... are still at it, and will report to you every day," said the elder man. "We have put our best men on the case, and have the hearty cooeperation of all the newspaper men. They know how to follow up clews." ...
— The Motor Girls Through New England - or, Held by the Gypsies • Margaret Penrose

... John Hookham Frere (1769-1846) of The Anti-Jacobin, against whom Lamb had a grudge on account of the Anti-Jacobin's treatment of himself and Lloyd (see note to Blank Verse, page 320). Lamb returned to the attack on Canning again and again, as the epigrams that follow will show. ...
— The Works of Charles and Mary Lamb IV - Poems and Plays • Charles and Mary Lamb

... participation in it was eagerly sought by all the commercial nations of the Mediterranean, and even by the Romans, who, as we have seen, were not at this period, much given to commerce. This is evident, by the well known fact, of one of their vessels endeavouring to follow the course of a Phoenician or Carthaginian vessel, in her voyage to Britain. The Greeks of Marseilles, according to Polybius, first followed, successfully, the course of the Phoenicians, and, about 200 years before Christ, began to share ...
— Robert Kerr's General History and Collection of Voyages and Travels, Volume 18 • William Stevenson

... and open," he said slowly. "To even such as you. For the third time and for the last I tell you this: I am done with you. But if you like you may follow behind me. I will wait for you ten minutes. Not here, but on the ridge up there. And if you have not come, I will go on at the end of that time. That is my ...
— The Everlasting Whisper • Jackson Gregory

... of my servants to convey the plate to your house." The marquise rung. "Let the small van be placed at M. Faucheux's disposal," she said. The jeweler bowed and left the house, directing that the van should follow him closely, saying aloud that the marquise was about to have her plate melted down in order to have other plate manufactured of a more modern style. Three hours afterwards she went to M. Faucheux's house and received from him eight hundred ...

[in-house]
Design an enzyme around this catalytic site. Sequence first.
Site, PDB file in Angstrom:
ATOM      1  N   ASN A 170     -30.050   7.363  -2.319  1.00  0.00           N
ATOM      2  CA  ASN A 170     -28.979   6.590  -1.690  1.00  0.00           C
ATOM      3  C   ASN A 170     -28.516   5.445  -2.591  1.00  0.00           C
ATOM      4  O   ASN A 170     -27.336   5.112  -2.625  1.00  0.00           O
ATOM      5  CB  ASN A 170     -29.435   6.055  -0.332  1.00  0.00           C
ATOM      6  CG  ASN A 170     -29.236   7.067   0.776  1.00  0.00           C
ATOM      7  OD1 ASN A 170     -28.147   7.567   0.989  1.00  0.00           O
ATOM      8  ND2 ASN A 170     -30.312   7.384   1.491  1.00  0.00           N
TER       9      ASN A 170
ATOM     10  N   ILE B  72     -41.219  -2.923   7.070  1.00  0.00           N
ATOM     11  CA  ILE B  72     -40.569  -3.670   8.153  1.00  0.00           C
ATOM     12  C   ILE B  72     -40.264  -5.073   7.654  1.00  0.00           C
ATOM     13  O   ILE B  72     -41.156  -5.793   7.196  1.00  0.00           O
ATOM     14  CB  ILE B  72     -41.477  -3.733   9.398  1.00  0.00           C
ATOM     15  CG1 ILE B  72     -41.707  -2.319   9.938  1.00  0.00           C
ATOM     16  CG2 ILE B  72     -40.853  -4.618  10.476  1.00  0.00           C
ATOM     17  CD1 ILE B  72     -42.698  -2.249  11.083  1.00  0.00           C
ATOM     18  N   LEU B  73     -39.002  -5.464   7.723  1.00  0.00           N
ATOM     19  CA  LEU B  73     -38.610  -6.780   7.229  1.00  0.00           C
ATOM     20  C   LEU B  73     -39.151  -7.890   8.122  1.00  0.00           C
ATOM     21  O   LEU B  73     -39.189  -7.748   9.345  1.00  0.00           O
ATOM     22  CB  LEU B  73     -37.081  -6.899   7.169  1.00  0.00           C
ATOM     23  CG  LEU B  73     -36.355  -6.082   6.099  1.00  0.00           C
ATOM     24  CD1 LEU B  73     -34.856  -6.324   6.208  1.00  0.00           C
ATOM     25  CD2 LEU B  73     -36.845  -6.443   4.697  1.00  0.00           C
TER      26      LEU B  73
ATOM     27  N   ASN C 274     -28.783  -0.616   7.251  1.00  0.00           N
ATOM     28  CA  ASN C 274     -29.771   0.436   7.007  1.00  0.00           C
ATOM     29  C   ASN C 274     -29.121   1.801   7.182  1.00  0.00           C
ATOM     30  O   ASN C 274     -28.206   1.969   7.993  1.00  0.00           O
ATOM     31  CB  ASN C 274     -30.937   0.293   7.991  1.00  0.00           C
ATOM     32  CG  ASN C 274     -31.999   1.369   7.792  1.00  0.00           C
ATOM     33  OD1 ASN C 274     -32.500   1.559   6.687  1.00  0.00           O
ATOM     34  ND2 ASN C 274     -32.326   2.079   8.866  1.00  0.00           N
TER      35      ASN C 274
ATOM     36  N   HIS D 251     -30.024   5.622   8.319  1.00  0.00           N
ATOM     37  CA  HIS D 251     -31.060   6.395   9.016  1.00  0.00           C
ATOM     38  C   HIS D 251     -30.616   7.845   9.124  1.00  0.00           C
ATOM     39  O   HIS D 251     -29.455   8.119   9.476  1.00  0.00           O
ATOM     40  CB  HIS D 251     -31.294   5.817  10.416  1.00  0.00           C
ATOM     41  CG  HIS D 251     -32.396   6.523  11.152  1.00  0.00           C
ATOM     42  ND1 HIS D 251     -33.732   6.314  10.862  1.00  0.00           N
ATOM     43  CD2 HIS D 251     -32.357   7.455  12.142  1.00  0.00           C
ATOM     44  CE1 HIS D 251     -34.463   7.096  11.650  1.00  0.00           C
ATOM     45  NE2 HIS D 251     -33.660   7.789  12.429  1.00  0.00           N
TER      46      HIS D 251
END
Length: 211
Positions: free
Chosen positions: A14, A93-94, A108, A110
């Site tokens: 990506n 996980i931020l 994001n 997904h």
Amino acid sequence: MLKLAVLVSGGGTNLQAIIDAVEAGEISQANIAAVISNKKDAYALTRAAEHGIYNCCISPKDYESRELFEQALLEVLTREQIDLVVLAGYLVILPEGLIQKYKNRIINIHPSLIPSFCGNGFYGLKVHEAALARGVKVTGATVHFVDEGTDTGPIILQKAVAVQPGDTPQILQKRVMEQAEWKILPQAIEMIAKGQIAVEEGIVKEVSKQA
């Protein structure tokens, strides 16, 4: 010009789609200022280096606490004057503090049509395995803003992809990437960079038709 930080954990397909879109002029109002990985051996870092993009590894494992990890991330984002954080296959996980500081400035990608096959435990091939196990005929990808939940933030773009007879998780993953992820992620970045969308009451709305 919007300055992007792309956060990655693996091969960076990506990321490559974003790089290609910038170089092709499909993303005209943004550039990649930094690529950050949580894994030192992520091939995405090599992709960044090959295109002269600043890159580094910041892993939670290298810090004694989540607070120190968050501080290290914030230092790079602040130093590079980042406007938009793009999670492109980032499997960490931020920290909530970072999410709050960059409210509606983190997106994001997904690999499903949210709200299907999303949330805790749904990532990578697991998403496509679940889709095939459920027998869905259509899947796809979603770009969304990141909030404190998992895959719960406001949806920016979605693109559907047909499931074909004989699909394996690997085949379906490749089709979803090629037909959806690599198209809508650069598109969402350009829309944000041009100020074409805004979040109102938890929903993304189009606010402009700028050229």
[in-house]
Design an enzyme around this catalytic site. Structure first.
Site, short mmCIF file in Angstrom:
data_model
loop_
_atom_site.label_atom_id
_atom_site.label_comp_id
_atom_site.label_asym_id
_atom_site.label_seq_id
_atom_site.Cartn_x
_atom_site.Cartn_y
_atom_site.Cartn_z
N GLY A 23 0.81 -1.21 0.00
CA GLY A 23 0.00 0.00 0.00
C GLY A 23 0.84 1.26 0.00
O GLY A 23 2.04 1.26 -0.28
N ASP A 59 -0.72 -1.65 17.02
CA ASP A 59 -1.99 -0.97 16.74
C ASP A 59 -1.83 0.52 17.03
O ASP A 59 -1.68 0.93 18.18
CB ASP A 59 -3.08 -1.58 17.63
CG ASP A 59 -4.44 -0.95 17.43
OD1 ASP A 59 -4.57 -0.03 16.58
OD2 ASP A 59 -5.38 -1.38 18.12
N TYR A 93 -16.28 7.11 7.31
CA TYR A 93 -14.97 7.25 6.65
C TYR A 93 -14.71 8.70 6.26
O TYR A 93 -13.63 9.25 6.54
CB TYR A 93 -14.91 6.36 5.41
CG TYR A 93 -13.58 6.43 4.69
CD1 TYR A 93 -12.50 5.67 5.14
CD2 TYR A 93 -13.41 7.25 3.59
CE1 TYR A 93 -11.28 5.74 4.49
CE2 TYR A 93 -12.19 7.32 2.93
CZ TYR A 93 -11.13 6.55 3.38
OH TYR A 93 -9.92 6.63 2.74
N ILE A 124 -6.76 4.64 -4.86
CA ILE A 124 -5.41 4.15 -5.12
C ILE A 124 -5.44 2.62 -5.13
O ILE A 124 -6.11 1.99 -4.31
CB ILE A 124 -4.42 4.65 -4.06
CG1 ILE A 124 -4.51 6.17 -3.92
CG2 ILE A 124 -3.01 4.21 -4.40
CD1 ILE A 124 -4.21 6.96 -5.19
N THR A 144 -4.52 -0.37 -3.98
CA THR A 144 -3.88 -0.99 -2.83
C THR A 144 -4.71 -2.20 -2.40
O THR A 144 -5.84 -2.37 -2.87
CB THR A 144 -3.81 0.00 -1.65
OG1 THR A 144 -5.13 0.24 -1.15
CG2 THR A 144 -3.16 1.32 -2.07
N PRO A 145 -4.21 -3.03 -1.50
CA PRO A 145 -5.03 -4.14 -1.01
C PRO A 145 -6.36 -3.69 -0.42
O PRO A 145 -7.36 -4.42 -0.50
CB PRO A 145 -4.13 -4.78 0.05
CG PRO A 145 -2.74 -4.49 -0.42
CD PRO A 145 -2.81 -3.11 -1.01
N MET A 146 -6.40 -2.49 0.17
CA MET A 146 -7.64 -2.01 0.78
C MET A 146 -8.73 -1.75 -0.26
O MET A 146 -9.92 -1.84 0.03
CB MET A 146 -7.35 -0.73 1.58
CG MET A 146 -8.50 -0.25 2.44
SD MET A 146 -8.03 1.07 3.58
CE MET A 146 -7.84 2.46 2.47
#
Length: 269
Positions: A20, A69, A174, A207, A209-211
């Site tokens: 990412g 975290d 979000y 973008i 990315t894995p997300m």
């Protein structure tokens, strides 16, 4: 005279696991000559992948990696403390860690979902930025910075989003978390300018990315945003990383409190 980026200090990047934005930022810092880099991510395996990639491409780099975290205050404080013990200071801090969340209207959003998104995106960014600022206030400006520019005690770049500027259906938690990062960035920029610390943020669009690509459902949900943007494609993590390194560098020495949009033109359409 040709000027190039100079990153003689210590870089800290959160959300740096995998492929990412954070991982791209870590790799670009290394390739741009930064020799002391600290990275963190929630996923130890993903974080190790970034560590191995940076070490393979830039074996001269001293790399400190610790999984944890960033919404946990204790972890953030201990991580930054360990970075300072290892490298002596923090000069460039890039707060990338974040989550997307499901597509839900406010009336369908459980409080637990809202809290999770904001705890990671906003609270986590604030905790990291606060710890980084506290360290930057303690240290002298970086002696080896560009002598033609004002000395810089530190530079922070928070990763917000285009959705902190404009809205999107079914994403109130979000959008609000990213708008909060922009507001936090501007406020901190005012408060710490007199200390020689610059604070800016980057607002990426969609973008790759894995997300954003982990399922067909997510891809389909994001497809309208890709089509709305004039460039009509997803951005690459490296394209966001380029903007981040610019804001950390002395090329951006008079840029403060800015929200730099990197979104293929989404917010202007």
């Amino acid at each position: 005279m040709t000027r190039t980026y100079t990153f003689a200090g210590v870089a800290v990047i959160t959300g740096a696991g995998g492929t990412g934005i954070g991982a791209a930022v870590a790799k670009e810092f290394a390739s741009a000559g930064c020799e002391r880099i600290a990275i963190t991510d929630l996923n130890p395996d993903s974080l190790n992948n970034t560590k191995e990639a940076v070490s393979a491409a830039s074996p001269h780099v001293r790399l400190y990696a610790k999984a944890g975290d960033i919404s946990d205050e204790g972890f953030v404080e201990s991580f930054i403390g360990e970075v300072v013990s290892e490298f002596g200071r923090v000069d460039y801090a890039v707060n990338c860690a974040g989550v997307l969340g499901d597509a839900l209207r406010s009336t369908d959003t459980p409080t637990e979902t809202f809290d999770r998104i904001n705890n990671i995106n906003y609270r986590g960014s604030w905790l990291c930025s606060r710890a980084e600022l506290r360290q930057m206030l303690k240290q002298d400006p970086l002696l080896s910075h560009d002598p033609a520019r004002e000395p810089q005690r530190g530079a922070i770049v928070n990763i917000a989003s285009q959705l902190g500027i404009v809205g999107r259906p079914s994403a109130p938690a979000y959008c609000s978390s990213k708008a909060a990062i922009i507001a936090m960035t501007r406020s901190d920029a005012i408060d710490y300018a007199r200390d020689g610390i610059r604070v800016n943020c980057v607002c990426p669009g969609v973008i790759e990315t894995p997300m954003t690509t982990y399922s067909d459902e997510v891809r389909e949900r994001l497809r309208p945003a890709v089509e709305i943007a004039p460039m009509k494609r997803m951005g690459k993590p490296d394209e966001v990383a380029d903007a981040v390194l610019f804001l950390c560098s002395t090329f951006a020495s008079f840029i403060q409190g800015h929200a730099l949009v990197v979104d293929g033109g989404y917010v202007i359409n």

— Ten Years Later - Chapters 1-104 • Alexandre Dumas, Pere

... old Greeks established what they called an Apollo Smintheus, the Mouse-destroying God. In the early spring, according to Professor Loeffler, who has made a special study of their invasions, they begin to come down from their homes in the hills to the cultivated fields. They seem to follow regular roads, and often travel along the railroad embankment. They travel very slowly, and when at home live somewhat on the order of prairie dogs, that is, in underground dwellings with numerous ...
— The Human Side of Animals • Royal Dixon

... Mortimer to his companions. "I guess we've started this freshman on the right road. Just see that you follow it, ...
— Andy at Yale - The Great Quadrangle Mystery • Roy Eliot Stokes

... to the windowed landing. Here she intended joining the doctor on his way down. Probably her father would follow him; but it was her intention to intercept any such plan. A fog had arisen, and the struggling rosy beams of the sun glimmered opalescently through the density. Ruth thought it would be clear by noon, when she ...
— Other Things Being Equal • Emma Wolf

... from these sorties unscathed and with money. Oftener he came back without money and with a face—from abrasive thrusts—looking as if a careless golfer had gone over him and neglected to replace the divots. After these times there were likely to follow complicated episodes of dentistry at the office of Doctor Patten. These would render the invincible smile of Spike more ...
— The Wrong Twin • Harry Leon Wilson